US 6671265 B1
Disclosed is a method for optimizing hard handoffs, e.g., between Mobile Switching Centers in a CDMA network. In the method, preliminary conditions for a hard handoff test are first set up. Idle handoffs are then performed in a hard handoff area, log data for the idle handoffs is analyzed and adjustments to communication equipment are made accordingly. Next, hard handoff tests are conducted in a traffic state in the hard handoff area. Log data of the hard handoff tests are analyzed and further adjustments to communication equipment are made if hard handoff performance during the hard handoff tests is determined to be unsatisfactory. A final hard handoff confirmation test is then performed in the hard handoff area following the latter communication equipment adjustments.
1. A method for optimizing hard handoffs in a Code Division Multiple Access (CDMA) network, comprising the steps of:
setting up preliminary conditions for a hard handoff test;
performing idle handoff tests in a hard handoff area;
analyzing log data of said idle handoff tests and making adjustments to base station communication equipment accordingly;
performing hard handoff tests in a traffic state in said hard handoff area;
analyzing log data of said hard handoff tests and making further adjustments to said base station communication equipment if hard handoff performance during said hard handoff tests is determined to be unsatisfactory; and
performing a hard handoff confirmation test in said hard handoff area following said further adjustments.
2. The method of
3. The method of
4. The method of
setting a serving cell and a target cell between which said hard handoffs are to be performed;
establishing a route of a test vehicle carrying a mobile station involved in said hard handoff tests;
checking radio frequency (RF) parameters;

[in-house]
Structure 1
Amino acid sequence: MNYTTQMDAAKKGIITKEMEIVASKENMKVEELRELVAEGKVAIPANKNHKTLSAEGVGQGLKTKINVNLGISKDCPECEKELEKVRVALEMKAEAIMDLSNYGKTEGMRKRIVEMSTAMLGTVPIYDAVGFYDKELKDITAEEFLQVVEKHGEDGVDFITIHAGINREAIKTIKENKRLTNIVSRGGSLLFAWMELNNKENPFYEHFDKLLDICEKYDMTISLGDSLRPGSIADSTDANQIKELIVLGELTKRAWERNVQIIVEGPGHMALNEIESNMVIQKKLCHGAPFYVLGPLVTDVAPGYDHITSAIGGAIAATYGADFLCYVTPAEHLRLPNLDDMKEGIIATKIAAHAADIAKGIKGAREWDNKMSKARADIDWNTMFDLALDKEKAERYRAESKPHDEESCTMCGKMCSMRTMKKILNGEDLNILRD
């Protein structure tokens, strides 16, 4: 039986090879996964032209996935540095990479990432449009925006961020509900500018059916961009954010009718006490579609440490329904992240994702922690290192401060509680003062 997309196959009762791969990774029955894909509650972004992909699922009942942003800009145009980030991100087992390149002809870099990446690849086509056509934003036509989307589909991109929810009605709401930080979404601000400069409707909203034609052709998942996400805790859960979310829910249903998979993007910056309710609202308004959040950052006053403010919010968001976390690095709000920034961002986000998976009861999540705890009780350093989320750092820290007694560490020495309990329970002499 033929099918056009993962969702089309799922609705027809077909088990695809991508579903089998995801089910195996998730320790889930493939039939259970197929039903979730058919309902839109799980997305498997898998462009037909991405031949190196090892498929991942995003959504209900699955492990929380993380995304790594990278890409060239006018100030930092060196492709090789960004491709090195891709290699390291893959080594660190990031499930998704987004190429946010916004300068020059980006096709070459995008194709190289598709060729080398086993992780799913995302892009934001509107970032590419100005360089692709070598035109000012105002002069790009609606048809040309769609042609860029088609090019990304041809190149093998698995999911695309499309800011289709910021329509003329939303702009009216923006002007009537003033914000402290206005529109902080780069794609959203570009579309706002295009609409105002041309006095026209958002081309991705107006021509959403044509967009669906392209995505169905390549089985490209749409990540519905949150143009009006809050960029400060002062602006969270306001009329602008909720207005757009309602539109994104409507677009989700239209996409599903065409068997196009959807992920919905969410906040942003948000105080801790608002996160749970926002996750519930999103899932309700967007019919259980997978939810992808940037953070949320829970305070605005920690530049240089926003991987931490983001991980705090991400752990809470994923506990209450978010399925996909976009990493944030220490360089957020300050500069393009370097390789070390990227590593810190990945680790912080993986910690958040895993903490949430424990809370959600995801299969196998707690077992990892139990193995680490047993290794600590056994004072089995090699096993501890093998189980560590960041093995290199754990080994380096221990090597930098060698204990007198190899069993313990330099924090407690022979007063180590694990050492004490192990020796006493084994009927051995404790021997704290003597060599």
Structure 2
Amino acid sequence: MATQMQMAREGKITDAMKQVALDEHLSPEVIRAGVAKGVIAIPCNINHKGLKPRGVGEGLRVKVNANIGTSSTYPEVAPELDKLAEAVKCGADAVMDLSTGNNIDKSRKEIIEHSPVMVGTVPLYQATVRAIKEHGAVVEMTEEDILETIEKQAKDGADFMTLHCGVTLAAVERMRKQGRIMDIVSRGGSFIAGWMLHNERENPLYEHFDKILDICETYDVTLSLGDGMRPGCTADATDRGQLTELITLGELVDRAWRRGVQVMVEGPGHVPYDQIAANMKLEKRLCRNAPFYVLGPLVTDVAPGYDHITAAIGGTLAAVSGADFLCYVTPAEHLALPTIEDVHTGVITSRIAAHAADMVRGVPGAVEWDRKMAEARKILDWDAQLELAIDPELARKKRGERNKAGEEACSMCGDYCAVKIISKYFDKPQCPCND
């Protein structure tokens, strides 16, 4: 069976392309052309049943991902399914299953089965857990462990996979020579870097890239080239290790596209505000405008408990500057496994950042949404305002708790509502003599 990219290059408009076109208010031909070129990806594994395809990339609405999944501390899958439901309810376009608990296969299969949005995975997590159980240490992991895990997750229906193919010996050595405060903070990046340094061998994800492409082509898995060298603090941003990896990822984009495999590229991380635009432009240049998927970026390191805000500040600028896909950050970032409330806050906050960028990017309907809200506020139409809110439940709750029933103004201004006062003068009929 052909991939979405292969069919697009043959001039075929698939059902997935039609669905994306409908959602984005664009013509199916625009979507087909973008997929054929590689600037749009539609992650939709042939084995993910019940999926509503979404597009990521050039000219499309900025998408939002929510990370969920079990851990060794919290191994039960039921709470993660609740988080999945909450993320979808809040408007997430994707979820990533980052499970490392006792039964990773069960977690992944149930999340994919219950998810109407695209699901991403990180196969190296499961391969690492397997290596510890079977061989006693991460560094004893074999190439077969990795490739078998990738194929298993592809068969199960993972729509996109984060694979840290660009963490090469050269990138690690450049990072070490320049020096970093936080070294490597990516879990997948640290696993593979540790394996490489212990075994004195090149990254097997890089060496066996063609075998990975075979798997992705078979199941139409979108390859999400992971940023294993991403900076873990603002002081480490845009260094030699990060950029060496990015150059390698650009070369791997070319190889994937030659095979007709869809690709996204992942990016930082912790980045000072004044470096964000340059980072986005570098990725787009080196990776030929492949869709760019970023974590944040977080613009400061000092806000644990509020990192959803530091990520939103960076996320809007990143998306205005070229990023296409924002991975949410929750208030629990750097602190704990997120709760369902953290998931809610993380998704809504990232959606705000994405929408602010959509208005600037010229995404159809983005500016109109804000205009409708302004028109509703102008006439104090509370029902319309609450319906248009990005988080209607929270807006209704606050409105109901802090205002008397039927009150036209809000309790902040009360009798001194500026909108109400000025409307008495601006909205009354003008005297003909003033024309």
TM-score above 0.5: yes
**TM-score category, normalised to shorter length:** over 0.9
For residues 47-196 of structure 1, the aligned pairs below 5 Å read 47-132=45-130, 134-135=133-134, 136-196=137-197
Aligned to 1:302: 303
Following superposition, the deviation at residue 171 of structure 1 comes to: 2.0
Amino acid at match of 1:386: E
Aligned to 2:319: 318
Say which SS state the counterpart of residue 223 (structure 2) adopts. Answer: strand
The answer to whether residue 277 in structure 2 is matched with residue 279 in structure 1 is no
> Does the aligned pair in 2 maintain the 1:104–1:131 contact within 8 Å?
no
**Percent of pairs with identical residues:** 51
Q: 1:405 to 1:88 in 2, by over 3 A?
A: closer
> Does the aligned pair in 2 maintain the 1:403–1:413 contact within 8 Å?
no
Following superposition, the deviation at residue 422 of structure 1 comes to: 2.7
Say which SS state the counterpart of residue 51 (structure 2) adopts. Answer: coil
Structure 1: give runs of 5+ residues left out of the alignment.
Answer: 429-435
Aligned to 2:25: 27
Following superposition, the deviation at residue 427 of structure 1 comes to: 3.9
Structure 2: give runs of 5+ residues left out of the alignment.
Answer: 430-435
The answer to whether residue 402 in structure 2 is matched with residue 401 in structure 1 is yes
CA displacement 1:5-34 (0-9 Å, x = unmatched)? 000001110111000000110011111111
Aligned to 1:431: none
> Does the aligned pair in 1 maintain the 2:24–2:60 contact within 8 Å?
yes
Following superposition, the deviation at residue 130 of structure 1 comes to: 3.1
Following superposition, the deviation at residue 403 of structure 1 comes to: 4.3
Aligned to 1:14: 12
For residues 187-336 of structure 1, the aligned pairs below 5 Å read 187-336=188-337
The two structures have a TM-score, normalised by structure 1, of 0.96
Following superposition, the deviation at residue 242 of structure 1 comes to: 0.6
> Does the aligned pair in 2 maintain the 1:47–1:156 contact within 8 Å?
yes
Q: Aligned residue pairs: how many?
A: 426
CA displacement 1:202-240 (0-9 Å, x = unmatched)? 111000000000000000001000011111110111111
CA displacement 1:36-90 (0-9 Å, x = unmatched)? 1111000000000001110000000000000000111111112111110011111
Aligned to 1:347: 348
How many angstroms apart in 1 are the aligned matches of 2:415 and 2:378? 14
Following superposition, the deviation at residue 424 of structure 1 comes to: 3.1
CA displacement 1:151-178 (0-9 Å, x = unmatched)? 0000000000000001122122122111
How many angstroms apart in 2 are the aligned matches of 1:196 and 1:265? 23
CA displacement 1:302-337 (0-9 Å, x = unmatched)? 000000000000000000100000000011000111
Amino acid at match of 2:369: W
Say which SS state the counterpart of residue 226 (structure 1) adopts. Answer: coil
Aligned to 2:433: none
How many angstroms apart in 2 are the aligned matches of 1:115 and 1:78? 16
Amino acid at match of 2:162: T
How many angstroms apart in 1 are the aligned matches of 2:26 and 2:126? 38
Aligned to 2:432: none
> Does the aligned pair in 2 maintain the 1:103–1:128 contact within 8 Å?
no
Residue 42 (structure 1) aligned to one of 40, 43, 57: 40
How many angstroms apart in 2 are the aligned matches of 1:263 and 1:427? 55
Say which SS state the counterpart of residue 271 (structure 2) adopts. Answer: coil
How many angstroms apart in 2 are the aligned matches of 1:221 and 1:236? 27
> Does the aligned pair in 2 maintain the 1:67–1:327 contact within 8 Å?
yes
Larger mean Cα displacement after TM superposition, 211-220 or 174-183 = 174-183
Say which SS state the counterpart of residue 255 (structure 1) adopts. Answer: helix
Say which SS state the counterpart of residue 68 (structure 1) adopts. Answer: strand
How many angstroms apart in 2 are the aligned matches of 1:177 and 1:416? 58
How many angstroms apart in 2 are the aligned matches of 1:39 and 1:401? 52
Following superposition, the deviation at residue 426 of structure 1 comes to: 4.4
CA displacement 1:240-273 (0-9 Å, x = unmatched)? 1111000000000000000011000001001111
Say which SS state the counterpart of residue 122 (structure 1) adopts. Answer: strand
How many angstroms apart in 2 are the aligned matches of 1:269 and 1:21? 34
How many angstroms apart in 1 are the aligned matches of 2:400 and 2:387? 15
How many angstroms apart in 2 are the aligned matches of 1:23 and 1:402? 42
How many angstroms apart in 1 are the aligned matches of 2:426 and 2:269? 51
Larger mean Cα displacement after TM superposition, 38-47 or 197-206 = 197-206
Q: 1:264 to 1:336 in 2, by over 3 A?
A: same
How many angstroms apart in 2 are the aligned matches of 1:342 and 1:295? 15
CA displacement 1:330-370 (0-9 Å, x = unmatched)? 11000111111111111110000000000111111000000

checking system parameters; and
setting an optimization tool.
5. The method of
6. The method of
7. The method of
receiving, by a mobile station involved in said handoff tests, a list of neighboring base stations provided from a base station manager;
said mobile station determining whether said serving cell and said target cell are omitted from said list; and
said mobile station checking the state of the cluster of the base station of said target cell via said base station manager.
8. The method of
inputting a pseudo random noise (PN) offset value to a Mobile Diagnostic Monitor (MDM);
determining mobile station parameters; and
obtaining a test cluster map.
9. The method of
10. The method of
11. The method of
12. The method of
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15. The method as set forth in
1. Technical Field
The present invention generally to wireless telecommunications and more particularly to a method for optimizing hard handoffs between Mobile Switching Centers in a Code Division Multiple Access (CDMA) network.
2. Description of the Related Art
Handoff is the act of transferring control of a mobile station from one base station (BTS) to another. In CDMA systems, handoff determinations are typically made based on signal strength measurements by mobile stations of pilot signals transmitted by respective base stations. If the measured pilot signal strength of a present base station (presently communicating with the mobile station) falls below a threshold, the mobile station transmits a Pilot Strength Measurement Message (PSMM). The traffic channel which received the PSMM forwards it to a transceiver and selector bank (TSB) of a base station controller (BSC). The base station controller determines what type of handoff should be performed.